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Yvette

You never know what you've got 'til it's gone.

There will be a moment in your life when you will feel what it’s like to live without someone. And, I’m not talking about living without an ex-boyfriend/girlfriend. I’m talking about actually having to live without someone because they passed away. There will be a moment when you sit down all alone in your living room and think of what that person would be doing right now and it’s going to hurt. It won't hurt as much as it did the day they left, but you’re going to see and feel that empty hole in your chest. You’re going to be painfully aware of this cavity that cannot, and will not, ever be filled. It seems as though this hole in your chest is encased with precious museum quality glass and allows everyone to see right through you…

When I was a child, my parents worked a lot and my sister and I got babysat by our grandmother. Her name was Yvette. She was about 5 feet tall, white and grey short curly hair, and she had blue eyes and a few hairs on her chin. She wore dentures which she faithfully took out at night and never failed to talk to us without them in her mouth before going to sleep!

I would sleep at her house often. I would sleep next to her at night but her snoring was so loud that I’d end up sleeping on the couch. She would always have the warmest blankets—you know, the ones that you can’t buy at the store but are handmade with love. I’d bury myself with four of five blankets and I’d fall asleep.

You see, at that young age, I must have been around 6 or 7, I was afraid of the dark, so my grandmother would leave a night light on so I’d be less scared. I used to also sleep with a blanky (I still do!) around my head to warm my ears up at night and this used to drive her crazy! She was so scared that I’d choke myself with this yellow blanket that was falling apart. She’d tell me not to sleep with it around my neck. You know, grandmother’s just want to protect you and want the best for you in the end. So, to satisfy her, I’d take it down and once I heard those snores, I knew it was safe to warm up my ears again.

My grandmother used to collect cows. She just loved them. She had cups with cows on them, cow teddy bears, cow aprons, cow statuettes, cow toys, cow everything! I used to find this odd until she died. Once she passed away on April 26th, 2007, every damn cow I saw made that hole in my chest grow a little wider.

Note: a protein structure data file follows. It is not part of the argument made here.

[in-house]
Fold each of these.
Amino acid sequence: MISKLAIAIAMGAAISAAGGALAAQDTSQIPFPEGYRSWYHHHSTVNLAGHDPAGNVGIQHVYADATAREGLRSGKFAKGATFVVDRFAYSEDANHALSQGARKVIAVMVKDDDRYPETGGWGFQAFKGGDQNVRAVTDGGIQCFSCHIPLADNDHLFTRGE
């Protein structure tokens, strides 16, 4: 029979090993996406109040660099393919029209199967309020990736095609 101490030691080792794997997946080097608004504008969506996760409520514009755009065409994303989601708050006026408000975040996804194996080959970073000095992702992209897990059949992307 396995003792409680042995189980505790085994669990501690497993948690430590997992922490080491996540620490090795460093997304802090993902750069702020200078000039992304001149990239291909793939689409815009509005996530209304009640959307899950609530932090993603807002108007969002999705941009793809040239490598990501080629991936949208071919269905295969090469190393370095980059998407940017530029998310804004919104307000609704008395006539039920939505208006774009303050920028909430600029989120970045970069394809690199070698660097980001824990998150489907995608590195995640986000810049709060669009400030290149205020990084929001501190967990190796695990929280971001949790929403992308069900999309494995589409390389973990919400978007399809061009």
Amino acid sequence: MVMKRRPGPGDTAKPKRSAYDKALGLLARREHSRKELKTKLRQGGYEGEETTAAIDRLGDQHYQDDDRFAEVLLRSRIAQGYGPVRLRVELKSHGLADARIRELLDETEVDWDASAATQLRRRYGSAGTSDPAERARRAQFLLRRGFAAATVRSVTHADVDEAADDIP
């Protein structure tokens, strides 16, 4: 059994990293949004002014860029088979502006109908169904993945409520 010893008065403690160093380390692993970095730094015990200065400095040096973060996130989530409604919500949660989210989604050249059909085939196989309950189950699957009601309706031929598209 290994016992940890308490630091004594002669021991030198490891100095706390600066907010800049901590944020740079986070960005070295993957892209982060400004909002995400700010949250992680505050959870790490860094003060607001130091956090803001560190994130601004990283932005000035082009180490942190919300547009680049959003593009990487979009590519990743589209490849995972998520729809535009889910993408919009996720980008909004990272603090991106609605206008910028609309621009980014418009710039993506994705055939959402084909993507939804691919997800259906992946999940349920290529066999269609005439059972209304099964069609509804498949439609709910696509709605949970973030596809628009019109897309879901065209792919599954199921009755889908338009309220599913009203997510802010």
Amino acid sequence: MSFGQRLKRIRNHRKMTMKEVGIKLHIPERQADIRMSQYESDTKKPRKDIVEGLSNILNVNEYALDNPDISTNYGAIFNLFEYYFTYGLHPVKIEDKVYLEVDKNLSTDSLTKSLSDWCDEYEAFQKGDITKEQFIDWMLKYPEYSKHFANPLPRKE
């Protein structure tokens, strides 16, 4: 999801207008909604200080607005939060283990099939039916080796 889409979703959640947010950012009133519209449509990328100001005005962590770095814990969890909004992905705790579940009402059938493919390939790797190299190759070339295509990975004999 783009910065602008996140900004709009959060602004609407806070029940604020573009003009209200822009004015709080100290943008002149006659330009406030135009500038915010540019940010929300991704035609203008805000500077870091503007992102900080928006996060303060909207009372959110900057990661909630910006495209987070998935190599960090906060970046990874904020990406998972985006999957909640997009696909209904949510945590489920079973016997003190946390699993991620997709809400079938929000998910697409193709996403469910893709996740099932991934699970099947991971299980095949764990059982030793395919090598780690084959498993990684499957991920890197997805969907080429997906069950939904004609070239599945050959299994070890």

My grandmother was also a little poor. She lived in a small two bedroom apartment with noisy upstairs neighbors. She never had the best of anything but, she always made the best of everything. She used to make my sister and me, and often my father as well, the ultimate dishes. She would take very little ingredients, as her budget didn’t allow her to splurge, and come up with the most tasteful menu. For example, her pizza. She used to buy the dough and, sometimes hand make it, she would use a small can of tomato sauce and veggies and hamburger meat and, for sausages, she would cut hot dog slices. Fuck, that was the best damn pizza you could ever feed a 6-year-old! She would also make the ultimate desserts. She’d also make the most amazing chicken stew that no one in my family can reproduce. And, since she didn’t have a lot of money, something that I wasn’t aware of at the time, she’d take us to the grocery store and she would buy us orange ice cream. It wasn’t the best but, right now, I’d give up everything in my life to eat one last bowl with her.

My grandmother was my favorite person growing up. We’d go strawberry picking for hours on end, we’d listen to cheesy French Canadian Western music on the red porch of her camper. We’d make strawberry mouse together and god, did she ever make the best strawberry mouse. We would sit and reluctantly watch the news with her and even though I hated watching Abbe Lanteigne tell us about New Brunswick’s downfalls and cheers ups, I would love nothing more than to sit on that uncomfortable couch again with the blankets piled up on the left side one more time with her.

I have to laugh. Now that she’s been gone for 12 years, every day I see or do something that reminds me of her. For example, she used to hate when I’d put my hair behind my ears because she thought since my bunched up hair in the back of my ears caused them to stick out a bit, that I would grow up and my ears would stick out forever. Now, every time I put my hair behind my ears, I still hear her voice telling me to stop!

I also vividly remember the time she got extremely upset with me because I kept bringing rocks in the camper she used to live in during the summers. She would find rocks everywhere and she would throw them back outside! I loved and still love collecting rocks, but, since that moment, I have tried to limit my rock intake, hehe!

My grandmother, Yvette, also wore this white sleeveless top with blue flowers on it, she would also wear this other sleeveless top that was pink and orange with a weird flower on it as well. She would knit and sew and gave you $10 on Christmas in a mini stocking. She would make sure you ate, even if it was those little mini sausages in a can. She would make sure you showered and brushed your teeth. She would try her best to help you with your homework, even though she didn’t have the best education and didn’t know how to read. She would kiss your cheeks and be oh, so happy when she saw you walk through the front door.

My grandmother is my museum glass encasing.

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